Monthly Archives: November 2016

Build an Igloo : Check

Weather delayed we spent another day in our camp on the ice. While waiting for our flights back to Scott Base, we found some non-sciency experiments that kept us busy . What would you do if you could spend a … Continue reading

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Rest Day

Our Twin Otter flight back to Scott Base was cancelled in the early morning. Since the science part is done, we enjoyed a sleep in until lunchtime. As the sun came out from behind the clouds it became quite toasty … Continue reading

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The moment of truth

We left our instruments set up to the last moment on the glacier to record as long as possible. After 13 hours of collecting the 10 field stations we are now back at camp. Tonight we can finally find out … Continue reading

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Zero Impact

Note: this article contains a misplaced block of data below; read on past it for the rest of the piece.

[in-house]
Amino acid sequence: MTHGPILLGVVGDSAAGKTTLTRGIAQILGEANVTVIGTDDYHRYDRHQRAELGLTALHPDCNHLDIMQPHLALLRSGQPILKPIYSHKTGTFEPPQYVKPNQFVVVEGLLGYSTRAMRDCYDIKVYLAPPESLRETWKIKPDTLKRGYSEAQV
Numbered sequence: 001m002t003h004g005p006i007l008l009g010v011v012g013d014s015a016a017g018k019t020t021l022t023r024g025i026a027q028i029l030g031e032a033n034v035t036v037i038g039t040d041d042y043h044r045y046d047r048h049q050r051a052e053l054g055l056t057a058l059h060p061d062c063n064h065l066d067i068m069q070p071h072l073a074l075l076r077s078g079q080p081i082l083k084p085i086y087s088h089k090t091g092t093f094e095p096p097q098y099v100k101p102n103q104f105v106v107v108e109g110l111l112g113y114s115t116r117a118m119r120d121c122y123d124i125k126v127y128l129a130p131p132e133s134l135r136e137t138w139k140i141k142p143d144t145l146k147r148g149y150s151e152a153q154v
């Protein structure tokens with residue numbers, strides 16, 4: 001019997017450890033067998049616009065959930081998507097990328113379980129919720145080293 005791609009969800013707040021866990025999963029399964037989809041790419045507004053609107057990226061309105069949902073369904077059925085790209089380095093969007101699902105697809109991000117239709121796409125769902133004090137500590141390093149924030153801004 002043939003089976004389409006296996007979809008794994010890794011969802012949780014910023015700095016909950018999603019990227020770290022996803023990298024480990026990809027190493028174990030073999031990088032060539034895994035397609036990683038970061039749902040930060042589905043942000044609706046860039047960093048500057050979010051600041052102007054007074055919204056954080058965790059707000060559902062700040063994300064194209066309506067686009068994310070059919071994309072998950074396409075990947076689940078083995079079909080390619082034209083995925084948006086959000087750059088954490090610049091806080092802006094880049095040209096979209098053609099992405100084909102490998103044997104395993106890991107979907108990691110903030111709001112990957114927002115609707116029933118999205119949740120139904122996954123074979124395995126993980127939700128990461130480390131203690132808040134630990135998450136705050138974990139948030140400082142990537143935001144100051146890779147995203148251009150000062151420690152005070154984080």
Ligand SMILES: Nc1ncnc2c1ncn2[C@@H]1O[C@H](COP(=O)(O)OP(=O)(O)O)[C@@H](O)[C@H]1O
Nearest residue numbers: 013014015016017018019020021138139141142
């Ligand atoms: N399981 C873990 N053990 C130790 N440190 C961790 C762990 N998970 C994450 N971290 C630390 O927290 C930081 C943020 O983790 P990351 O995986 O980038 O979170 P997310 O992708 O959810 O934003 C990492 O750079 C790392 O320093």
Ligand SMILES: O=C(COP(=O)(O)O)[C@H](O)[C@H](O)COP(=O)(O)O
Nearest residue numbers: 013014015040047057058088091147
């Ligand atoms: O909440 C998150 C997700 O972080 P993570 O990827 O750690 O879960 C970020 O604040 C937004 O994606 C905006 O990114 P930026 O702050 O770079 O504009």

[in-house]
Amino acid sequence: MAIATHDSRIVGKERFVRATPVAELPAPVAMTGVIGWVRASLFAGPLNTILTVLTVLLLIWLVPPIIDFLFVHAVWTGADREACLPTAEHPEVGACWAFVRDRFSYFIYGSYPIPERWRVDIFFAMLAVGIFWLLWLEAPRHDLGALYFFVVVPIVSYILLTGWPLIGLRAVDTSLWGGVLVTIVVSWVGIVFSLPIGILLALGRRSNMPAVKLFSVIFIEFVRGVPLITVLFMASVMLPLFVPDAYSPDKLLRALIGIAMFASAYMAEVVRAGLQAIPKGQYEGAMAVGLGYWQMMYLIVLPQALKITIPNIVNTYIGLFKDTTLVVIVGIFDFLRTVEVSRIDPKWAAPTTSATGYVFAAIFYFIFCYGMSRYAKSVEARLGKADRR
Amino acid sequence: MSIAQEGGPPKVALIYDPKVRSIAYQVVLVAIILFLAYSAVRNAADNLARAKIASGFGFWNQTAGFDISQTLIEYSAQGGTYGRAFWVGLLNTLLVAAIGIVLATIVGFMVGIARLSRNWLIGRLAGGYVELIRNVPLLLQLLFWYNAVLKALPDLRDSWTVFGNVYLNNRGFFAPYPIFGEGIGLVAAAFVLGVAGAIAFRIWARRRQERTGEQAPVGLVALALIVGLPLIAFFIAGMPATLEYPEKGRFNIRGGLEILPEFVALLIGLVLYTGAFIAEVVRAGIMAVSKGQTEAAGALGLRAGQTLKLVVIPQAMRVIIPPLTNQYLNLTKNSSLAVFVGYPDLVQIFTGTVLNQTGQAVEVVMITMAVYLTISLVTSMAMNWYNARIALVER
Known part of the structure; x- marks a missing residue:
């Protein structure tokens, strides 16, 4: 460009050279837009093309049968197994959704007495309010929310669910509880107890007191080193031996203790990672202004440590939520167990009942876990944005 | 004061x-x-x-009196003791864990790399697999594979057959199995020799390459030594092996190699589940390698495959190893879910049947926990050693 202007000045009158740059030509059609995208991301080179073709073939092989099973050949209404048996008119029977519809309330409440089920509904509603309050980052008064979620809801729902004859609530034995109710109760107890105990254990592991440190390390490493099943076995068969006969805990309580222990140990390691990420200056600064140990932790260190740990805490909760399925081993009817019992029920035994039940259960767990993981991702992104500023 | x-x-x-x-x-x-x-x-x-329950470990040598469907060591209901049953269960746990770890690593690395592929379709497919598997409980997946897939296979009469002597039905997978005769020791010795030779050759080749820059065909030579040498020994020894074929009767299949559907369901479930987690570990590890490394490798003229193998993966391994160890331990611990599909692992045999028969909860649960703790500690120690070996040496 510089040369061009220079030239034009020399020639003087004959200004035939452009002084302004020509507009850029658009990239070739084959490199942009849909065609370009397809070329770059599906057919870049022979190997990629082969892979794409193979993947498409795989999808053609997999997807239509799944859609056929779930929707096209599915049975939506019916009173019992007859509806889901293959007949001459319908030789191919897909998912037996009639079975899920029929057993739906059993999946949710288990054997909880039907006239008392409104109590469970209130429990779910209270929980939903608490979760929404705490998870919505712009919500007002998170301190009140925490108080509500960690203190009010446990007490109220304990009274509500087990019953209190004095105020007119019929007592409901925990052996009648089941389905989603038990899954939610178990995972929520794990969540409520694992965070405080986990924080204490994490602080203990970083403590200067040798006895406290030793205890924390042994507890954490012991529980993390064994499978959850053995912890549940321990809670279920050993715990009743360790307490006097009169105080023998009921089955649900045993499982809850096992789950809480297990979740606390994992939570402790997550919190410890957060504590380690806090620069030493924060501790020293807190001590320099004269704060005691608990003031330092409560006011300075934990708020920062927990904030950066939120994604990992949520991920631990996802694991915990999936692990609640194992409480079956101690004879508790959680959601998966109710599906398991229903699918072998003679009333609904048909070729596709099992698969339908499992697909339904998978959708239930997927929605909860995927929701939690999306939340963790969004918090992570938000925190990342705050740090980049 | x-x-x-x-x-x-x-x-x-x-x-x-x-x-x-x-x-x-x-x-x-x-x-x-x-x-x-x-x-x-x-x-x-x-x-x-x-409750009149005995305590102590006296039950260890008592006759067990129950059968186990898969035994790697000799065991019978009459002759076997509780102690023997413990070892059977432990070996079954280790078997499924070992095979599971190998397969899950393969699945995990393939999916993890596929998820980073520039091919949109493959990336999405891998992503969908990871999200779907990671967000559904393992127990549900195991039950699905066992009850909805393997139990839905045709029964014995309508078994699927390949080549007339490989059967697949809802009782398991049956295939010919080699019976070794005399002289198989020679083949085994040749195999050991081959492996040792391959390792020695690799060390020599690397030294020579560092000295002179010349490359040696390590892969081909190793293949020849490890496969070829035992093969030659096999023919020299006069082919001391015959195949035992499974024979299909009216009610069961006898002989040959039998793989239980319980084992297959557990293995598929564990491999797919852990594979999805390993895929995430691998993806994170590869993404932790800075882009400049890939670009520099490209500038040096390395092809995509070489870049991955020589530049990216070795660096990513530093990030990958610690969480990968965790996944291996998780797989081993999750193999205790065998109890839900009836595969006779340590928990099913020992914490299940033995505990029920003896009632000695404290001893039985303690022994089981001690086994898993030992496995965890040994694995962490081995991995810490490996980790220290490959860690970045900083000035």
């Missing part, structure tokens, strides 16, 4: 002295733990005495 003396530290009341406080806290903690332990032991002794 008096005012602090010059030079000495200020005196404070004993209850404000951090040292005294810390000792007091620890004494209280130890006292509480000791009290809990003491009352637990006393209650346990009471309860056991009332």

Antarctica embodies the last pure wilderness on Earth. Since the early polar explorers, it has been the stage of many endeavours and a place where heroes were born. But Antarctica is also a pristine and sensible environment full of natural … Continue reading

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Radar Marathon 2 : the melt down

Today we started re-measuring ice thickness at the locations we have already surveyed. We are looking for changes because of the melting from the bottom of the glacier. While melting sometimes occurs at the surface, floating Antarctic glaciers mostly melt … Continue reading

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Sea level rise

Understanding behaviour of the Antarctic Ice Sheet allows us to better estimate the rate of sea level rise. Current global sea level is rising 3-4mm annually and is set to increase by the end of the century. This increases the … Continue reading

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Gaining Elevation

Today we were working up stream of the grounding line. From here we could overlook the Darwin Glacier and enjoy the views of this remote part of our planet. This spectacular scenery reminded us about the privilege of conducting research … Continue reading

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